February 18, 2020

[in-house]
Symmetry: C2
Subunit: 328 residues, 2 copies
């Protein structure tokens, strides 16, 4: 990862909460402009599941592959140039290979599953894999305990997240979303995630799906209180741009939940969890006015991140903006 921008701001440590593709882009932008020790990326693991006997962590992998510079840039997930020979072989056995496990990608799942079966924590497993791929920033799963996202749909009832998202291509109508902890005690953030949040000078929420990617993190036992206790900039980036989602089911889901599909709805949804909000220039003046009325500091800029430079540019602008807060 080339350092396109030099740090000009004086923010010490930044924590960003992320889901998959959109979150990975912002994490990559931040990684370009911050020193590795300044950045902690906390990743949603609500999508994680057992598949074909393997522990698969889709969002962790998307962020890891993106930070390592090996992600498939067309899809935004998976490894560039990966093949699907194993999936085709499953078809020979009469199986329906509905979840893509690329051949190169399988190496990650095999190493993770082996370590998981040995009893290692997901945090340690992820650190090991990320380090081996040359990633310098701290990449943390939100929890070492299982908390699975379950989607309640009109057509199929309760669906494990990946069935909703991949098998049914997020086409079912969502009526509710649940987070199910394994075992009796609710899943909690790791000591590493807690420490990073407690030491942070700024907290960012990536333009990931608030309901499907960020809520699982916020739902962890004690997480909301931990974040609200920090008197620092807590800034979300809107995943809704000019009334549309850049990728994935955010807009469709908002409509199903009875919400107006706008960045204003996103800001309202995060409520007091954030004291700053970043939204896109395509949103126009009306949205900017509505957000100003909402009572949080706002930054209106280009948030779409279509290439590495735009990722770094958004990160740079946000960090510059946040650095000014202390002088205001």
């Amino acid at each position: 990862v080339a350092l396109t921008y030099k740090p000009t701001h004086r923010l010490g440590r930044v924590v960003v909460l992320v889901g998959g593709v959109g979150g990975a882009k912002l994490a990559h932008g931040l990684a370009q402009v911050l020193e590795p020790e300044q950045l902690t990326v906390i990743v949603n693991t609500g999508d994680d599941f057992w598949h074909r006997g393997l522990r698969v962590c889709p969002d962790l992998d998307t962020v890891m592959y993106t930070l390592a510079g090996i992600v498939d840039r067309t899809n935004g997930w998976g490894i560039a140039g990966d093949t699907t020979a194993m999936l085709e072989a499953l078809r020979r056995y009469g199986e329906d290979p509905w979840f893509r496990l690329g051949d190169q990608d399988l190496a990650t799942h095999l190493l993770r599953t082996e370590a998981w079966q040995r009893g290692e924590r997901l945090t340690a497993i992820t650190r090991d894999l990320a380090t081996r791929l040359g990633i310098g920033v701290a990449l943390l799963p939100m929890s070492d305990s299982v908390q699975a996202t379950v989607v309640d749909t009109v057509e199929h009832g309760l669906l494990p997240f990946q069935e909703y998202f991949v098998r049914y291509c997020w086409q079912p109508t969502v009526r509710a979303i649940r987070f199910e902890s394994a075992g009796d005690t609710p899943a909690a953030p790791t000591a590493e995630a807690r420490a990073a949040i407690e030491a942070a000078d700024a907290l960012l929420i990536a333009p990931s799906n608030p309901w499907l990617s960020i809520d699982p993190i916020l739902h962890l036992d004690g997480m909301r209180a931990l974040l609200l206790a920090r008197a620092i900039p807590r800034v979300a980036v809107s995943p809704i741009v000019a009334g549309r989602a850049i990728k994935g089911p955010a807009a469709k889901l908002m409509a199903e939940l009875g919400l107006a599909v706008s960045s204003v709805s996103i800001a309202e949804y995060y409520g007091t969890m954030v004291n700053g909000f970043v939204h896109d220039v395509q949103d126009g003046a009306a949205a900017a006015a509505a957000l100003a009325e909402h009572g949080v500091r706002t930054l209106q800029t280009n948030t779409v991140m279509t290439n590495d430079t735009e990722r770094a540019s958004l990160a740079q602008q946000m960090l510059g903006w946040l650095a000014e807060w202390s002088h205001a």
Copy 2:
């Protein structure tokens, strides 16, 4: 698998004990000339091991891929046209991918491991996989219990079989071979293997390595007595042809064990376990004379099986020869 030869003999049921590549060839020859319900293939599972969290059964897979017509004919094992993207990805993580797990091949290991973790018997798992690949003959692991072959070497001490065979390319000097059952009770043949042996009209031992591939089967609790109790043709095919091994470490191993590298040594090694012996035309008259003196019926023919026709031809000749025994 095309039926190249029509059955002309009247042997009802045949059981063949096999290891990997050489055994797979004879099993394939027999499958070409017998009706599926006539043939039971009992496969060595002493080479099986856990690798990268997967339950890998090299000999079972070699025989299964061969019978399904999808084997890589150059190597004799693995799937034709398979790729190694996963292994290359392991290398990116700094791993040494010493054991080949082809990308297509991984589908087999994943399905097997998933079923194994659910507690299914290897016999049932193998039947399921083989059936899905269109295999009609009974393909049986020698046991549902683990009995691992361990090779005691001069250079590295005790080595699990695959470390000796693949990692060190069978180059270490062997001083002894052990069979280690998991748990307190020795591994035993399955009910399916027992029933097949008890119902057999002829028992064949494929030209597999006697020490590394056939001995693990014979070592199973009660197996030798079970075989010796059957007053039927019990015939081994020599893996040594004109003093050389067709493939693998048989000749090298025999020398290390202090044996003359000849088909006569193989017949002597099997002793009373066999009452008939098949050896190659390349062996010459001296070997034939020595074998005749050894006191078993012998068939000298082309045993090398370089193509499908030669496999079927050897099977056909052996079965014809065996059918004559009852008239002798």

An article by Daniel Pessar '20: The growth of certified organic farming is booming; approximately 26,000 United States producers and businesses are now certified as organic operations and thousands of international firms have been certified as well. The road to getting certified by the USDA National Organic Program can be challenging; requirements include “no prohibited substances applied to [the land] for at least 3 years before the harvest of an organic crop,” specific rules for managing “soil fertility and crop nutrients,” and the absence of “genetic engineering, ionizing radiation and sewage sludge.” The time, complexity, and tools required for the transition can also be costly, especially during the three years of implementation when the farm lacks the benefit of the USDA Organic label. Of course, the overall benefits can outweigh the costs as higher prices for food products compensate for the new cost structure. And there could be long-term benefits from the organic farming practices such as reduced soil erosion and increased soil fertility. But another benefit that could be available to farmers considering the switch to organic is a tax benefit obtained by donating a conservation easement.